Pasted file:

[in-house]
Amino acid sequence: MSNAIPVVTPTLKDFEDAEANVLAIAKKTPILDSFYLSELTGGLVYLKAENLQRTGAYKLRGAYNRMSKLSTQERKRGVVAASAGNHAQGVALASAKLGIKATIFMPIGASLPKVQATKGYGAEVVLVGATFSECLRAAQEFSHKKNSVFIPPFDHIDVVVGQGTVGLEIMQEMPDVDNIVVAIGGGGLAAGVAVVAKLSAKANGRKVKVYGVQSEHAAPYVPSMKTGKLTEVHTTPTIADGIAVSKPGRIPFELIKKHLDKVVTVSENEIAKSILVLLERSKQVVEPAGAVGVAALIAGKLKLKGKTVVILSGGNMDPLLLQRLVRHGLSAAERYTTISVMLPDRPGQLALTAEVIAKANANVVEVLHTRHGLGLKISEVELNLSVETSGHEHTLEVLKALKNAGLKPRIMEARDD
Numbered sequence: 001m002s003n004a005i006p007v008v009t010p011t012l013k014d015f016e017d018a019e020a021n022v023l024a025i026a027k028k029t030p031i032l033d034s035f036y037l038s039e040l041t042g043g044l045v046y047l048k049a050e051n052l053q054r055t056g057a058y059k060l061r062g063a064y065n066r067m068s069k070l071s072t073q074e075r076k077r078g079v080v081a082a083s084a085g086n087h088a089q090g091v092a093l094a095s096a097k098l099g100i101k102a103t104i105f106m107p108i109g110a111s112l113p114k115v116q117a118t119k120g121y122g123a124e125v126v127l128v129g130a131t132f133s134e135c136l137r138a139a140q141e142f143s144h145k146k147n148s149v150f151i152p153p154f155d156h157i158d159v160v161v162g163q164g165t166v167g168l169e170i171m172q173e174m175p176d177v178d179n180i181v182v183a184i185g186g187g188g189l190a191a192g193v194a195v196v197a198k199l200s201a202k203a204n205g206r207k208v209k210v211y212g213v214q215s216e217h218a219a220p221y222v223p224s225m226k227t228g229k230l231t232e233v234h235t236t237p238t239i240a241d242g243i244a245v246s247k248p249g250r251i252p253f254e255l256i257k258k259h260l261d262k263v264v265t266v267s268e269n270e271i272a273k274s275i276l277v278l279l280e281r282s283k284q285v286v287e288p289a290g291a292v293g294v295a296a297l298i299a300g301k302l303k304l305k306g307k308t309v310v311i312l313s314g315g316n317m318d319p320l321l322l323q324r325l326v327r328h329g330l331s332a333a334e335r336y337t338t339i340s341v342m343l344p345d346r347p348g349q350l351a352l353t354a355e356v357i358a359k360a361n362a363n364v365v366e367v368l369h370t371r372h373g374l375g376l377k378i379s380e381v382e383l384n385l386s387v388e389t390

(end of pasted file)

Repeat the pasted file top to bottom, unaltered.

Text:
[in-house]
Amino acid sequence: MSNAIPVVTPTLKDFEDAEANVLAIAKKTPILDSFYLSELTGGLVYLKAENLQRTGAYKLRGAYNRMSKLSTQERKRGVVAASAGNHAQGVALASAKLGIKATIFMPIGASLPKVQATKGYGAEVVLVGATFSECLRAAQEFSHKKNSVFIPPFDHIDVVVGQGTVGLEIMQEMPDVDNIVVAIGGGGLAAGVAVVAKLSAKANGRKVKVYGVQSEHAAPYVPSMKTGKLTEVHTTPTIADGIAVSKPGRIPFELIKKHLDKVVTVSENEIAKSILVLLERSKQVVEPAGAVGVAALIAGKLKLKGKTVVILSGGNMDPLLLQRLVRHGLSAAERYTTISVMLPDRPGQLALTAEVIAKANANVVEVLHTRHGLGLKISEVELNLSVETSGHEHTLEVLKALKNAGLKPRIMEARDD
Numbered sequence: 001m002s003n004a005i006p007v008v009t010p011t012l013k014d015f016e017d018a019e020a021n022v023l024a025i026a027k028k029t030p031i032l033d034s035f036y037l038s039e040l041t042g043g044l045v046y047l048k049a050e051n052l053q054r055t056g057a058y059k060l061r062g063a064y065n066r067m068s069k070l071s072t073q074e075r076k077r078g079v080v081a082a083s084a085g086n087h088a089q090g091v092a093l094a095s096a097k098l099g100i101k102a103t104i105f106m107p108i109g110a111s112l113p114k115v116q117a118t119k120g121y122g123a124e125v126v127l128v129g130a131t132f133s134e135c136l137r138a139a140q141e142f143s144h145k146k147n148s149v150f151i152p153p154f155d156h157i158d159v160v161v162g163q164g165t166v167g168l169e170i171m172q173e174m175p176d177v178d179n180i181v182v183a184i185g186g187g188g189l190a191a192g193v194a195v196v197a198k199l200s201a202k203a204n205g206r207k208v209k210v211y212g213v214q215s216e217h218a219a220p221y222v223p224s225m226k227t228g229k230l231t232e233v234h235t236t237p238t239i240a241d242g243i244a245v246s247k248p249g250r251i252p253f254e255l256i257k258k259h260l261d262k263v264v265t266v267s268e269n270e271i272a273k274s275i276l277v278l279l280e281r282s283k284q285v286v287e288p289a290g291a292v293g294v295a296a297l298i299a300g301k302l303k304l305k306g307k308t309v310v311i312l313s314g315g316n317m318d319p320l321l322l323q324r325l326v327r328h329g330l331s332a333a334e335r336y337t338t339i340s341v342m343l344p345d346r347p348g349q350l351a352l353t354a355e356v357i358a359k360a361n362a363n364v365v366e367v368l369h370t371r372h373g374l375g376l377k378i379s380e381v382e383l384n385l386s387v388e389t390